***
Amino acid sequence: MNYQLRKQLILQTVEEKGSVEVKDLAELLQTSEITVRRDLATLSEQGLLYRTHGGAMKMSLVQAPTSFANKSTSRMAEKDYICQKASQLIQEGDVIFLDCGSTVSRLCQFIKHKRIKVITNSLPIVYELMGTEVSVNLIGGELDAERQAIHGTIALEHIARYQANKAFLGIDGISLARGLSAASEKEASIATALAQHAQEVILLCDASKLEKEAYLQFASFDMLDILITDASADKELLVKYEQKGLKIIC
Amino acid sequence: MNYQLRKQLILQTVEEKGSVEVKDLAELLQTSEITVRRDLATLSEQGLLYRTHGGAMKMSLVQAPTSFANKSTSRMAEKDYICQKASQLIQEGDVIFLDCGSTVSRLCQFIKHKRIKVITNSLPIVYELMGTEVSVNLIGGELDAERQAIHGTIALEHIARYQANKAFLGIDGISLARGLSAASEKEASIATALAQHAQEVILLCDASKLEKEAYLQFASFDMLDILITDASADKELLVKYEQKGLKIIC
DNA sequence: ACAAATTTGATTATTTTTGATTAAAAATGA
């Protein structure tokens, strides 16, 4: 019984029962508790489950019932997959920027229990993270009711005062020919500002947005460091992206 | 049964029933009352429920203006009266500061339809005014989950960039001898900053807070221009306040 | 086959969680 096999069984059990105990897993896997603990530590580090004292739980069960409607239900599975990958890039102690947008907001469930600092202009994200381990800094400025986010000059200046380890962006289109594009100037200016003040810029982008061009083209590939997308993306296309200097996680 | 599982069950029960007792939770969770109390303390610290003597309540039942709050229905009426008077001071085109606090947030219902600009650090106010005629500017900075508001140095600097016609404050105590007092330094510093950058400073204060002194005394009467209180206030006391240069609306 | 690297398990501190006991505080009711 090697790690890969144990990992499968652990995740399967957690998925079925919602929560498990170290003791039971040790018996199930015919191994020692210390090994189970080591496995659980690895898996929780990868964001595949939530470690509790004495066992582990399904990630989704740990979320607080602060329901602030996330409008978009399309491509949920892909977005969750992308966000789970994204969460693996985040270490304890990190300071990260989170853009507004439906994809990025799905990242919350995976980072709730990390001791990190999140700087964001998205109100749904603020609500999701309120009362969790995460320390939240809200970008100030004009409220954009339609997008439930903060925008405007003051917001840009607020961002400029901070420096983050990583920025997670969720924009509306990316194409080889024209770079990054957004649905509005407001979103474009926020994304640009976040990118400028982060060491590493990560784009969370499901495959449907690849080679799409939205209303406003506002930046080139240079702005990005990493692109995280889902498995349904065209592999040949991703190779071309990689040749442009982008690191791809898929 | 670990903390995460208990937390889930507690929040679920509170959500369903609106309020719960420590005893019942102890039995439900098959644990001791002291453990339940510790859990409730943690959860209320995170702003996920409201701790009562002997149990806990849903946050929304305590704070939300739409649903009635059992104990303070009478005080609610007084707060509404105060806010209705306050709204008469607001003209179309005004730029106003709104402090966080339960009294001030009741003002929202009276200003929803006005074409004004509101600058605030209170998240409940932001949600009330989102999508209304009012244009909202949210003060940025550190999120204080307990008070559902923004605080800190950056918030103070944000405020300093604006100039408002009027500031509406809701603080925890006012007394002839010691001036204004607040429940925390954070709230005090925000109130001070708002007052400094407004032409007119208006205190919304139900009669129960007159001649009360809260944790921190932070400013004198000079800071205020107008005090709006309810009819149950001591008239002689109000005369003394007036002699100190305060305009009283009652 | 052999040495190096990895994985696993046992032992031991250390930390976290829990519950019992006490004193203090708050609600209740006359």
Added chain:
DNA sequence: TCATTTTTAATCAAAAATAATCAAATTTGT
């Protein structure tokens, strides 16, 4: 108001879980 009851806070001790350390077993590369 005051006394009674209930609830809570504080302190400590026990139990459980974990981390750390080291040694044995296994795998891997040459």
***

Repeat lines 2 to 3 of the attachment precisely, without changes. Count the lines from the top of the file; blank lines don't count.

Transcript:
Amino acid sequence: MNYQLRKQLILQTVEEKGSVEVKDLAELLQTSEITVRRDLATLSEQGLLYRTHGGAMKMSLVQAPTSFANKSTSRMAEKDYICQKASQLIQEGDVIFLDCGSTVSRLCQFIKHKRIKVITNSLPIVYELMGTEVSVNLIGGELDAERQAIHGTIALEHIARYQANKAFLGIDGISLARGLSAASEKEASIATALAQHAQEVILLCDASKLEKEAYLQFASFDMLDILITDASADKELLVKYEQKGLKIIC
DNA sequence: ACAAATTTGATTATTTTTGATTAAAAATGA